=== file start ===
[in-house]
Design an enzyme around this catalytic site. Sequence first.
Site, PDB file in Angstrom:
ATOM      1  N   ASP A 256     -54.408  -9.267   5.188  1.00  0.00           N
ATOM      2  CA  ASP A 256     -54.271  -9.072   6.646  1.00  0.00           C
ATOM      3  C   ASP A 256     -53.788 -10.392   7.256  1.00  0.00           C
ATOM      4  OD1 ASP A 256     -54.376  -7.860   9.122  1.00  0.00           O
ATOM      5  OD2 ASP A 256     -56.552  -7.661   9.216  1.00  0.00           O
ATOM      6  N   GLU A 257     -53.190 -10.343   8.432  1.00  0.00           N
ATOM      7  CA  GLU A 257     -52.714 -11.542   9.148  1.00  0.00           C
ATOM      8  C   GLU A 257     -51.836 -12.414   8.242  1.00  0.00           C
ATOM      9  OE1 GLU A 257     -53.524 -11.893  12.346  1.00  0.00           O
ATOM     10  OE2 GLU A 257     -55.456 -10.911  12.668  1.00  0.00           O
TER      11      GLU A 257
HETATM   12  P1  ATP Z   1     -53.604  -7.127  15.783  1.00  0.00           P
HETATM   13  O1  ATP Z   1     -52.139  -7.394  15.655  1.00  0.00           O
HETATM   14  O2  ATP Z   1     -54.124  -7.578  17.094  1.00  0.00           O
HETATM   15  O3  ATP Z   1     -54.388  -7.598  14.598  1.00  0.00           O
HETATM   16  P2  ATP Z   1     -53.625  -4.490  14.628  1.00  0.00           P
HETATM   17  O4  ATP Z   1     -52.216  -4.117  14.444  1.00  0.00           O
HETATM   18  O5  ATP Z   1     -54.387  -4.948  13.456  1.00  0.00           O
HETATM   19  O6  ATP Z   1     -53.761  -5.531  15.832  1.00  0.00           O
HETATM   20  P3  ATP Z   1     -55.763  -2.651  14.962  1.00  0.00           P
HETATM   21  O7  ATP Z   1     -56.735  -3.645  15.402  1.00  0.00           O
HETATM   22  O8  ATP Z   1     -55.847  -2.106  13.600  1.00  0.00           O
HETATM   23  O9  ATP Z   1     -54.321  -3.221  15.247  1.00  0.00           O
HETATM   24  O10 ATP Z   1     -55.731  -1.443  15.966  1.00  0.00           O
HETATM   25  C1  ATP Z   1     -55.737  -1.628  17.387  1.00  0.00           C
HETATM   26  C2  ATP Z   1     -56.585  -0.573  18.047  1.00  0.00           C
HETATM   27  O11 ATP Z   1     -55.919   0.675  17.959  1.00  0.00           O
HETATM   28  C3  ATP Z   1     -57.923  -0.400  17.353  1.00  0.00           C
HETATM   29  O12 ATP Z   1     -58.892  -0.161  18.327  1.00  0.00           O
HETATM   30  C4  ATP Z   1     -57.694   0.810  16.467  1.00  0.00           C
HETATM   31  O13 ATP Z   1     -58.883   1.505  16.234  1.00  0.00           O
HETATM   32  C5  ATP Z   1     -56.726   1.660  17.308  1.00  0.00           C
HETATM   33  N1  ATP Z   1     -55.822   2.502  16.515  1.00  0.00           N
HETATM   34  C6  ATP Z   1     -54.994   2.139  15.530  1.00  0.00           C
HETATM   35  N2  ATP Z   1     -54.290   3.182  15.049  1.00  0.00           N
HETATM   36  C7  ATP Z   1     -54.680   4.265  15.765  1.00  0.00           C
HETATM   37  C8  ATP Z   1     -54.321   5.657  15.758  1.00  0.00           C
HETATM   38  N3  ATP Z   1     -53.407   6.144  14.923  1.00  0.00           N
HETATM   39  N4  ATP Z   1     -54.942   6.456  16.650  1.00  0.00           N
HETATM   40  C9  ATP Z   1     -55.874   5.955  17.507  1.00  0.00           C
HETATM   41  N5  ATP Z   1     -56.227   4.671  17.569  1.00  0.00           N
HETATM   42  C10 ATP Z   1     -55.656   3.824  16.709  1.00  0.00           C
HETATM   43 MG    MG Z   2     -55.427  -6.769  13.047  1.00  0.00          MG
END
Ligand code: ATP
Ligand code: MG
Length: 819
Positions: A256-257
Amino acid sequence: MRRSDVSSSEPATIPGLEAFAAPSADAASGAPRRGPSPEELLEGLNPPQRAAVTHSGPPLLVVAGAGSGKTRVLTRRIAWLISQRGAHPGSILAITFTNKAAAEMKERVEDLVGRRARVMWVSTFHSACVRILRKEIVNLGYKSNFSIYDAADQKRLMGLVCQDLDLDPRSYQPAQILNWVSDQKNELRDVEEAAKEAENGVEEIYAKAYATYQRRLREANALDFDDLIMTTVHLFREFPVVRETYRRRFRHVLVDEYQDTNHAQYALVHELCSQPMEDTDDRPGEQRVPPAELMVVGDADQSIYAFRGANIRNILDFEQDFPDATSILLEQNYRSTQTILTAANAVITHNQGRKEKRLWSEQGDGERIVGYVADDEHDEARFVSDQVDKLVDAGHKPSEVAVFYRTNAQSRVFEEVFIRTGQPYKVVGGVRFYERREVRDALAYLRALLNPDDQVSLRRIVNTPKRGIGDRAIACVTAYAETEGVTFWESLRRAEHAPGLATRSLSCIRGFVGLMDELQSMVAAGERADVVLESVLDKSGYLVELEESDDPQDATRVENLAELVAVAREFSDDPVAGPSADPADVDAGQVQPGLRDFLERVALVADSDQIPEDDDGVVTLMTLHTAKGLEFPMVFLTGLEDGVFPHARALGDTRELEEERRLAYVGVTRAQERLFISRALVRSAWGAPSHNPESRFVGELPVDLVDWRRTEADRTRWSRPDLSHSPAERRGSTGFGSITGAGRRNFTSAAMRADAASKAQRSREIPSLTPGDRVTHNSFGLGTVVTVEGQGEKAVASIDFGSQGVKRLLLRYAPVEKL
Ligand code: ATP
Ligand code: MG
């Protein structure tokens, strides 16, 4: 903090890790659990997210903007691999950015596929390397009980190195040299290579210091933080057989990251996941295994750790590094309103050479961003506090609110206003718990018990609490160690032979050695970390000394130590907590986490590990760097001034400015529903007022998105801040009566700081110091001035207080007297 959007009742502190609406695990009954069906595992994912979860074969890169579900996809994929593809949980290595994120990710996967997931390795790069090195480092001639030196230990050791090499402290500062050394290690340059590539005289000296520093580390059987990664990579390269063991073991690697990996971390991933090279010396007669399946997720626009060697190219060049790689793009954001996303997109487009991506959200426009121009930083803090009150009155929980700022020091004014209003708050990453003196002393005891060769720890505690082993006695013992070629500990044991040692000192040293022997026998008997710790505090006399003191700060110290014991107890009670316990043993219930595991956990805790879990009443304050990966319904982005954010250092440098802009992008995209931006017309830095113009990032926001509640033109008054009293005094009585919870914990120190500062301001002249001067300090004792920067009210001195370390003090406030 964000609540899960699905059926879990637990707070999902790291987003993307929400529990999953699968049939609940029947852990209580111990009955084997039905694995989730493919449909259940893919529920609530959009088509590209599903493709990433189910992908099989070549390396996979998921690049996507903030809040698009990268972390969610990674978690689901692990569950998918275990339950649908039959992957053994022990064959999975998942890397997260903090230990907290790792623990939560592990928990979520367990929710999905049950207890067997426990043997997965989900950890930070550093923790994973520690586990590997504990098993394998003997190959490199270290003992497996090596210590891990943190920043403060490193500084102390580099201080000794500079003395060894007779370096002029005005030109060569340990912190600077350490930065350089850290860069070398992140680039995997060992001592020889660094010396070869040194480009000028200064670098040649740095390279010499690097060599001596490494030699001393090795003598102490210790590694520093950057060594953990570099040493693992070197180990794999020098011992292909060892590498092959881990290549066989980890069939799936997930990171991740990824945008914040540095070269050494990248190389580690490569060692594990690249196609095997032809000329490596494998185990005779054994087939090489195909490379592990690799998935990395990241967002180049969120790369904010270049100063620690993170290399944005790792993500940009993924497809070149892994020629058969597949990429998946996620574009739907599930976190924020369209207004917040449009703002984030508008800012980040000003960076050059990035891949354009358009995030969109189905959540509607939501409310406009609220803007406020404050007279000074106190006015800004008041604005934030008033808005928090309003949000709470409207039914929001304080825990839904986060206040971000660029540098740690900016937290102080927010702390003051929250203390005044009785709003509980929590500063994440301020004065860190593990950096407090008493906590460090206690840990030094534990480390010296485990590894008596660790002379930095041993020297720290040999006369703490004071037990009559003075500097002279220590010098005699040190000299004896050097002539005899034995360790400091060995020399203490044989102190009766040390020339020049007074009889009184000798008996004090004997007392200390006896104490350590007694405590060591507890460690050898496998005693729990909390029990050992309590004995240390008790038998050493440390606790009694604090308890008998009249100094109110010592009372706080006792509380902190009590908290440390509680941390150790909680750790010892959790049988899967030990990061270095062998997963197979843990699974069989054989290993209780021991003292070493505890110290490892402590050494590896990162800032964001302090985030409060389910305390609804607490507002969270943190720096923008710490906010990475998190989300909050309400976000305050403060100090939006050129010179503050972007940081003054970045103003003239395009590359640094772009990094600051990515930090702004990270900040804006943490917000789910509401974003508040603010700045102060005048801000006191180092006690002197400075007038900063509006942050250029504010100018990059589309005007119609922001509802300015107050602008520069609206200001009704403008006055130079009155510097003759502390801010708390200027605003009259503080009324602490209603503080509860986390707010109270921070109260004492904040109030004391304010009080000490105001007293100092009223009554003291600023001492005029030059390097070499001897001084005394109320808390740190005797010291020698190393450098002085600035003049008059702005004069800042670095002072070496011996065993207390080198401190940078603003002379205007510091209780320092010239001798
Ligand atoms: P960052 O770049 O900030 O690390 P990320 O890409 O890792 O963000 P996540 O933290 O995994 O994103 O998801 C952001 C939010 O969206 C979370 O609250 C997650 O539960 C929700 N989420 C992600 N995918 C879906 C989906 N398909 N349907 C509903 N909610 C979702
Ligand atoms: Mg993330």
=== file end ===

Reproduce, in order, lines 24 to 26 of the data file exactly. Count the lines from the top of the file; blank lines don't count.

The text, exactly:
HETATM   21  O7  ATP Z   1     -56.735  -3.645  15.402  1.00  0.00           O
HETATM   22  O8  ATP Z   1     -55.847  -2.106  13.600  1.00  0.00           O
HETATM   23  O9  ATP Z   1     -54.321  -3.221  15.247  1.00  0.00           O